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Small Data Leads to Big Change

Release Date: April 28, 2020 • Episode #114

CX leaders today are having to make critical decisions on whether they should bother customers for feedback or find other ways to gather insights. Luckily there are tools in our CX toolbox that can help CX pros collect feedback, and unstructured voice of the customer is one of those tools. Host Steve Walker welcomes Cary Cusumano, a certified customer experience professional and principal client partner in customer experience design for Verizon to discuss ways to reconstruct the customer journey without using surveys or other potentially intrusive practices.

Transcript

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Steve:
We've been talking quite a bit about listening to your customers, especially during a time of crisis and finding ways to listen without being intrusive.

Cary:
I know we're recording these and I know our supervisors are listening to them so they can coach the reps, but who's listening to the calls to say why did the customer call in the first place?

Steve:
Using unstructured voice of the customer practices to gather customer insights on this episode of The CX Leader Podcast.

Announcer:
The CX Leader Podcast with Steve Walker is a production of Walker, an experience management firm that helps companies accelerate their CX success. Find out more at walkerinfo.com.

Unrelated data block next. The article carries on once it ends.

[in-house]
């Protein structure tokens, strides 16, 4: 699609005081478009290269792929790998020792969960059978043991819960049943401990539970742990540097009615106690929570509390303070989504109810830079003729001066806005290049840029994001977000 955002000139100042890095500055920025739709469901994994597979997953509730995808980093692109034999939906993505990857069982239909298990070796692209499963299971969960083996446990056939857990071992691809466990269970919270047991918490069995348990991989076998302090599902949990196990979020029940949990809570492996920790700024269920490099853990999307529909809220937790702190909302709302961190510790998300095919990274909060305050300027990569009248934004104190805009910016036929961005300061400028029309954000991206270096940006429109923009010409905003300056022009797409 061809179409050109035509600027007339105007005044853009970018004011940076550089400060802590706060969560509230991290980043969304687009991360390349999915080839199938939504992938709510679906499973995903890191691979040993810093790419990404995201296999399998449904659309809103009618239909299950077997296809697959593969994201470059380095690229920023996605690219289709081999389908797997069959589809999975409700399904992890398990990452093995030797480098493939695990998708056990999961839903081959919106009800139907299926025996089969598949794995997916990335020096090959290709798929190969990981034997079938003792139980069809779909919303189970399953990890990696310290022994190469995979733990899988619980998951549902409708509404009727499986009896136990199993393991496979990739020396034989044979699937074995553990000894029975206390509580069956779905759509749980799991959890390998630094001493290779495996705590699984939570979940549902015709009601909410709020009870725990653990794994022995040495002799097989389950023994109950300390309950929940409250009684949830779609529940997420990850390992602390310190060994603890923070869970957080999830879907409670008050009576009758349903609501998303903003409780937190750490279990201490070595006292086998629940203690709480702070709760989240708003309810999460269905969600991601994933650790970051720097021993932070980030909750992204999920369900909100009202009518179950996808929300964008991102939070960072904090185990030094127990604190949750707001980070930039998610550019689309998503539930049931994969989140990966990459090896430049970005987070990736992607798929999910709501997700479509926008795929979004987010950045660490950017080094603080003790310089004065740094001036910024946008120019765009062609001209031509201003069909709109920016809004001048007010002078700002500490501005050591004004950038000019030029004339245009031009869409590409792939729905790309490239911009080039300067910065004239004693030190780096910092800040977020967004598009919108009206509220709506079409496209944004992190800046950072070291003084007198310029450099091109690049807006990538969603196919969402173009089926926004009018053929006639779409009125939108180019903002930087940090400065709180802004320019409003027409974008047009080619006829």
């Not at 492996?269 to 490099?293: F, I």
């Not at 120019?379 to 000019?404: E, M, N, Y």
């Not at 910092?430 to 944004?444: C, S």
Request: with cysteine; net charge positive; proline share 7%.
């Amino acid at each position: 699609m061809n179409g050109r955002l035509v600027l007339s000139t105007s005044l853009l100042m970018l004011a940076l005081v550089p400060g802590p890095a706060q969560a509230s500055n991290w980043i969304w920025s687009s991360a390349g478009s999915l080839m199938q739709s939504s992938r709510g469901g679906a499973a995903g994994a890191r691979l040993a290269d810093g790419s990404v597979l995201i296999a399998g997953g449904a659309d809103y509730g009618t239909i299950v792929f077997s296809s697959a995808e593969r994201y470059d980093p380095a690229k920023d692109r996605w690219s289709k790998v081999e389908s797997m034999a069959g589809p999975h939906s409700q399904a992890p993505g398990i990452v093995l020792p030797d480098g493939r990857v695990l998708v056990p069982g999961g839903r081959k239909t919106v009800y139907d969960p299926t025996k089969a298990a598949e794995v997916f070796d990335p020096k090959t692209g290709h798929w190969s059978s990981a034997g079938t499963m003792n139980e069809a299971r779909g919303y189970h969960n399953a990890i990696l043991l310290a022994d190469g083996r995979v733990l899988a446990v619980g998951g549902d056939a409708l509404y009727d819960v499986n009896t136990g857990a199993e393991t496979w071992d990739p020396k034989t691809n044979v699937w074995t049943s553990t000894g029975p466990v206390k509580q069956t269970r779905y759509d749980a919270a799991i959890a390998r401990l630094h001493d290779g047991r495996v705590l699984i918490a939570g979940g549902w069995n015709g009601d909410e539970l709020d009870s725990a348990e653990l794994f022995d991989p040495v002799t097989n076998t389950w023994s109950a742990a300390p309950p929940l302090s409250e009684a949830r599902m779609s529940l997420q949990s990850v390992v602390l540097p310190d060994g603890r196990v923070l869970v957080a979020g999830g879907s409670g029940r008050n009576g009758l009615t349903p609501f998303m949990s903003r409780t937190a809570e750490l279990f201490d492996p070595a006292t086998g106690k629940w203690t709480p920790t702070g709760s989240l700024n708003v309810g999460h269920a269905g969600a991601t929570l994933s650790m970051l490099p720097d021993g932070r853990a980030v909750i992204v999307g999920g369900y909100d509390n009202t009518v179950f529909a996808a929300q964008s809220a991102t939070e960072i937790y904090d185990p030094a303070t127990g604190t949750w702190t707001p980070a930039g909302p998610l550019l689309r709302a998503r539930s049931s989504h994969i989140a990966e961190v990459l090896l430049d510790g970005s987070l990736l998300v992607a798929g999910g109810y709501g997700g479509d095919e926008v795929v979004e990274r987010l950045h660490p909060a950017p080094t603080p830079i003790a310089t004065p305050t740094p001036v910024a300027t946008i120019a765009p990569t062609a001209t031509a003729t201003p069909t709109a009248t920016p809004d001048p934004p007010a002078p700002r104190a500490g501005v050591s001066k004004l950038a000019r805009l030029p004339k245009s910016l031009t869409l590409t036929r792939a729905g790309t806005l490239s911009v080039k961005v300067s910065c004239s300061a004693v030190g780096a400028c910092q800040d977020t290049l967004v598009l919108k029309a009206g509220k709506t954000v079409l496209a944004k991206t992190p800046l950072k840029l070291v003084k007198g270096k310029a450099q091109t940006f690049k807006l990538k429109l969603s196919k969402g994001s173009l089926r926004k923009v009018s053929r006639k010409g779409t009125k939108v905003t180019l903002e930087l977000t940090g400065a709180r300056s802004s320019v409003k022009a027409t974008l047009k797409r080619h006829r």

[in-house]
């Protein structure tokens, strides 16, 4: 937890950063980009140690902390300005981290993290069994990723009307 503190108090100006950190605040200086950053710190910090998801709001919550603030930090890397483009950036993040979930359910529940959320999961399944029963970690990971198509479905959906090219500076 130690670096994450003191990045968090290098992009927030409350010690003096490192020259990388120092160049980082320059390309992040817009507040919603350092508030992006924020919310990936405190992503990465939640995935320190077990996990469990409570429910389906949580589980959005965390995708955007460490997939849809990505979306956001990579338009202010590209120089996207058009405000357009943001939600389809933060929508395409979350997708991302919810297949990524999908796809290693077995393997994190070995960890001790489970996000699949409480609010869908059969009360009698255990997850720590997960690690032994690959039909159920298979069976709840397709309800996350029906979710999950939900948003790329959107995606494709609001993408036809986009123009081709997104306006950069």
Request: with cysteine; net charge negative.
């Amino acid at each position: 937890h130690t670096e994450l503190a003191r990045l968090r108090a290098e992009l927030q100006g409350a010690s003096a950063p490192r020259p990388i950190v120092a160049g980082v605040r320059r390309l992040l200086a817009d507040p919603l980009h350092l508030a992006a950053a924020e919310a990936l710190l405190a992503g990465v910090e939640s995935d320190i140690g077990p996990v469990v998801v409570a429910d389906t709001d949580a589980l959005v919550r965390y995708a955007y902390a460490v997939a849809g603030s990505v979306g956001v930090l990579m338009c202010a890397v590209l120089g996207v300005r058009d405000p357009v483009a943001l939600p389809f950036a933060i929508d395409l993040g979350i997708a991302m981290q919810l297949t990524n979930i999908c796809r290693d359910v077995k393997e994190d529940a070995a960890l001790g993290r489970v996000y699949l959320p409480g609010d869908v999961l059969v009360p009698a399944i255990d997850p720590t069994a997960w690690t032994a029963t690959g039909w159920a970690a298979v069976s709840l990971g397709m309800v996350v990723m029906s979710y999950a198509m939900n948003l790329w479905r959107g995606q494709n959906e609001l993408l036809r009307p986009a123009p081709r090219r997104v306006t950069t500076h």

Steve:
Hello, everyone. I'm Steve Walker, host of The CX Leader Podcast and thank you for listening. On The CX Leader Podcast we explore topics and themes to help leaders like you leverage all the benefits of their customer experience and help your customers and prospects want to do more business with you. Raise your hand if you've gotten one of those "our response to COVID-19" emails from a company. I know I have. Honestly, I've gotten about 20 today and it's not really a bad thing for a company to communicate with their customers. But CX leaders today are having to make a critical decision: should we bother our customers for feedback or find other ways to gather insights? Luckily, there are tools in our CX tool box that can help CX pros collect feedback and unstructured voice of the customer is one of those tools. And I'm very happy to have Cary Cusumano, a certified customer experience professional and the principle client partner in customer experience design for Verizon as my guest this week and Cary is going to tell us how he's used unstructured voice of the customer to gather feedback from customers without having to rely solely on surveys. Cary, welcome to The CX Leader Podcast.